Joseph Carson of Alliance Capital Management decided to investigate how many manufacturing jobs China has gained at the expense of other countries. The result was somewhat surprising.

According to our analysis, between 1995 and 2002 roughly 22 million jobs were lost globally, a decline of 11%. Yet over the same period, global industrial production jumped more than 30%–a remarkable gain in productivity. Losses in the US of 2 million jobs over the same period matched the global average of 11%…

One of our more interesting findings is that, taken on its own, China’s job losses are double the average of the remaining 17 countries for the same seven-year period. Manufacturing employment in the 17 largest economies other than China fell a little more than 7%, from 96 million in 1995 to 89 million in 2002. In contrast, China’s fell a whopping 15% in the period, from 98 million in 1995 to 83 million in 2002.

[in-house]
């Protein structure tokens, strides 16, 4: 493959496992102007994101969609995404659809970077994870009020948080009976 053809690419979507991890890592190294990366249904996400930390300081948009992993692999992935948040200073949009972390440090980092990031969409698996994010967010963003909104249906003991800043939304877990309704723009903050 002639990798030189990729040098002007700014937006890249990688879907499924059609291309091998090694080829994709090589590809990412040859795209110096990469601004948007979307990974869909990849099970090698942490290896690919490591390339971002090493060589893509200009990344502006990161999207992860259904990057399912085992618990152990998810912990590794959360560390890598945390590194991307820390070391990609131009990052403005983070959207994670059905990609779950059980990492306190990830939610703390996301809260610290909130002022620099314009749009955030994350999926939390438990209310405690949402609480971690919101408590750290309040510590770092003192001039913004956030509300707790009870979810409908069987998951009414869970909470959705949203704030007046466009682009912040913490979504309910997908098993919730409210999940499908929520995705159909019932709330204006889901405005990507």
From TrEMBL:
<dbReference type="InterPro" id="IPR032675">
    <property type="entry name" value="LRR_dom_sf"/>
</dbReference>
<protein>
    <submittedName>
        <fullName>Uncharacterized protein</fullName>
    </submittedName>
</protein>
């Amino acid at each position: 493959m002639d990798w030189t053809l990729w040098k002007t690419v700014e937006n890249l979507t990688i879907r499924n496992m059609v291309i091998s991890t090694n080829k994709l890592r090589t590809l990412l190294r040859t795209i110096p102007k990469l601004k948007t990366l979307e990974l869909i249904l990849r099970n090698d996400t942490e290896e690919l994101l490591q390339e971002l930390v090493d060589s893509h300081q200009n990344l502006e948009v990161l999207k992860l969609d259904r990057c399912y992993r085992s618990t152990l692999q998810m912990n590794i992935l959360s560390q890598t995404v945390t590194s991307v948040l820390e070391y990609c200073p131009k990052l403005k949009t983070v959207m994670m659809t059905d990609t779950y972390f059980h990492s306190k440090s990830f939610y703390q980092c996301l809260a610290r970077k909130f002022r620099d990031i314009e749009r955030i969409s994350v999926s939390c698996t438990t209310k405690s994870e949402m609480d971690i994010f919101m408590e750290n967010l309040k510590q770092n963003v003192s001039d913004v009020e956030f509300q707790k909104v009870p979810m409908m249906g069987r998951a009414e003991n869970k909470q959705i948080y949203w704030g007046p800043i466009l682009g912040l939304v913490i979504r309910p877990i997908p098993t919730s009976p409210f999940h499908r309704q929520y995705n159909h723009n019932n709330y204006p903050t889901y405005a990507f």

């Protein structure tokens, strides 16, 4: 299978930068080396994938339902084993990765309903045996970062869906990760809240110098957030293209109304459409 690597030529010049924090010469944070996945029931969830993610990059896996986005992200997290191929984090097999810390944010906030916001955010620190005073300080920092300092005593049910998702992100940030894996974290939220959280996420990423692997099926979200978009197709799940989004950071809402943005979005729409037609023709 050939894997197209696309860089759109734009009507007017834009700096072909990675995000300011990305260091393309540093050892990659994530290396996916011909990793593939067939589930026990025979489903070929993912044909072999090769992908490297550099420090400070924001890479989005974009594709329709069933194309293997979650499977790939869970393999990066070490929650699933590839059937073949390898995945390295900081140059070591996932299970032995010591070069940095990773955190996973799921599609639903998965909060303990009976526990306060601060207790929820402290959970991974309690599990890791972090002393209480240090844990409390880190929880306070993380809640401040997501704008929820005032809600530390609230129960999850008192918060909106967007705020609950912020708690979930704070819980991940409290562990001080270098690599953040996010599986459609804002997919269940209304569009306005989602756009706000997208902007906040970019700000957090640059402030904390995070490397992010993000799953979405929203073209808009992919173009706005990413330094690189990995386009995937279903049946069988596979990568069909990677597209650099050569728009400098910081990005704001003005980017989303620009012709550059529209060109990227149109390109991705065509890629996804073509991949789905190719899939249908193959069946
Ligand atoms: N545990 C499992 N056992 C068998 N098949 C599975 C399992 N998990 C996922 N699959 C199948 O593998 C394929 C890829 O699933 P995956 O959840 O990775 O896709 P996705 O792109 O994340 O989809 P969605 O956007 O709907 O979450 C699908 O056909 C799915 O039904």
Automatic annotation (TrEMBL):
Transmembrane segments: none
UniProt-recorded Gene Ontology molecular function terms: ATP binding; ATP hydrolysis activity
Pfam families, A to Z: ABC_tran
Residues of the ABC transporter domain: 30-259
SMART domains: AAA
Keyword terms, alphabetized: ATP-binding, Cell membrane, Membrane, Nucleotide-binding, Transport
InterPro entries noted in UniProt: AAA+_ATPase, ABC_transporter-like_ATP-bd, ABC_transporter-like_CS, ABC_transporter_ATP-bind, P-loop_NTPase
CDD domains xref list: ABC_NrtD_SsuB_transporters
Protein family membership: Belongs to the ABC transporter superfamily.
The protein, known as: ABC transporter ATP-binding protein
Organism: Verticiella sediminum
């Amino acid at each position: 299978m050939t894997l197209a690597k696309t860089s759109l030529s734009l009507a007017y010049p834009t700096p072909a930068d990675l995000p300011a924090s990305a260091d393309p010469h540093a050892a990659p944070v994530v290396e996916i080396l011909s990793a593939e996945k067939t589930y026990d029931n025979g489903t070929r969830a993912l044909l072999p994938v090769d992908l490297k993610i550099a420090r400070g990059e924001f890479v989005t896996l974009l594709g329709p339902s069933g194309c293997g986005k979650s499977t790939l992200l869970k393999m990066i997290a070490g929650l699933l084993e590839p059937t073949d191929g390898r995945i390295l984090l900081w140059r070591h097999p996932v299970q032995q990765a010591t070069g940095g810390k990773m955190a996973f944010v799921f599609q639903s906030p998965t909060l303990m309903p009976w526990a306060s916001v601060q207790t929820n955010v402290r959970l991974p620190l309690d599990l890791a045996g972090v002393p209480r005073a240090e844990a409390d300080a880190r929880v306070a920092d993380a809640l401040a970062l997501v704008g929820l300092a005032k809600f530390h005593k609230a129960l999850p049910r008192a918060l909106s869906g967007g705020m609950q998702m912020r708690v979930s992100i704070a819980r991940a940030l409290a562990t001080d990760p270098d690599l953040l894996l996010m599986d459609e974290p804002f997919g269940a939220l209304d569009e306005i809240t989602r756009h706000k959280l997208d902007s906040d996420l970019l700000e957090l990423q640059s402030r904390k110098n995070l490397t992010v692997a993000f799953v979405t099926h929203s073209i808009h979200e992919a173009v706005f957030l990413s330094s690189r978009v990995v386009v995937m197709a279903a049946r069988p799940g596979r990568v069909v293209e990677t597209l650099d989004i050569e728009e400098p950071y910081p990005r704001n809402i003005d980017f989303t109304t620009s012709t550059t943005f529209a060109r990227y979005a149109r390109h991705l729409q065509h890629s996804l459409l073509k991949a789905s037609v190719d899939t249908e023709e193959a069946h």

For Discussion. Are these facts relevant to the debate over trade policy?